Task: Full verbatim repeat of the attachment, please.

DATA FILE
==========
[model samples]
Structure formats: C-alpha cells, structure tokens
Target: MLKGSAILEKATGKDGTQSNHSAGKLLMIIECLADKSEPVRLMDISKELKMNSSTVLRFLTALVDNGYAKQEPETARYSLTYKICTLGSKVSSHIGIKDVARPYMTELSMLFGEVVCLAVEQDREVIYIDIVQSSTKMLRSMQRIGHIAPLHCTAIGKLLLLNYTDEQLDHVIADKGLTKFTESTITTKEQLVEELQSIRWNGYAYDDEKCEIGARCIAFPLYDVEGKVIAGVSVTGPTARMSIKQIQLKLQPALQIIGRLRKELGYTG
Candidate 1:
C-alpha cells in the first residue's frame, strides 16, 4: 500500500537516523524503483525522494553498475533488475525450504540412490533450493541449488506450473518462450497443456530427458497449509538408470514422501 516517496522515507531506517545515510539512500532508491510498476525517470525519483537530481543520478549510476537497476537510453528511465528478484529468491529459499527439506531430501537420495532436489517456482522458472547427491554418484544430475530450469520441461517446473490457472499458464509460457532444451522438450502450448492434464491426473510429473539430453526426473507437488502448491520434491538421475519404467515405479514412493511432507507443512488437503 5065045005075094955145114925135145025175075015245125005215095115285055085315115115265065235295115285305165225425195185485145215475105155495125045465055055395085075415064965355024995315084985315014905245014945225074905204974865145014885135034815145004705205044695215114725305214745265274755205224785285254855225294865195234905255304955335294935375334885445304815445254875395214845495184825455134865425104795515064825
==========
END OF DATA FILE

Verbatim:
[model samples]
Structure formats: C-alpha cells, structure tokens
Target: MLKGSAILEKATGKDGTQSNHSAGKLLMIIECLADKSEPVRLMDISKELKMNSSTVLRFLTALVDNGYAKQEPETARYSLTYKICTLGSKVSSHIGIKDVARPYMTELSMLFGEVVCLAVEQDREVIYIDIVQSSTKMLRSMQRIGHIAPLHCTAIGKLLLLNYTDEQLDHVIADKGLTKFTESTITTKEQLVEELQSIRWNGYAYDDEKCEIGARCIAFPLYDVEGKVIAGVSVTGPTARMSIKQIQLKLQPALQIIGRLRKELGYTG
Candidate 1:
C-alpha cells in the first residue's frame, strides 16, 4: 500500500537516523524503483525522494553498475533488475525450504540412490533450493541449488506450473518462450497443456530427458497449509538408470514422501 516517496522515507531506517545515510539512500532508491510498476525517470525519483537530481543520478549510476537497476537510453528511465528478484529468491529459499527439506531430501537420495532436489517456482522458472547427491554418484544430475530450469520441461517446473490457472499458464509460457532444451522438450502450448492434464491426473510429473539430453526426473507437488502448491520434491538421475519404467515405479514412493511432507507443512488437503 5065045005075094955145114925135145025175075015245125005215095115285055085315115115265065235295115285305165225425195185485145215475105155495125045465055055395085075415064965355024995315084985315014905245014945225074905204974865145014885135034815145004705205044695215114725305214745265274755205224785285254855225294865195234905255304955335294935375334885445304815445254875395214845495184825455134865425104795515064825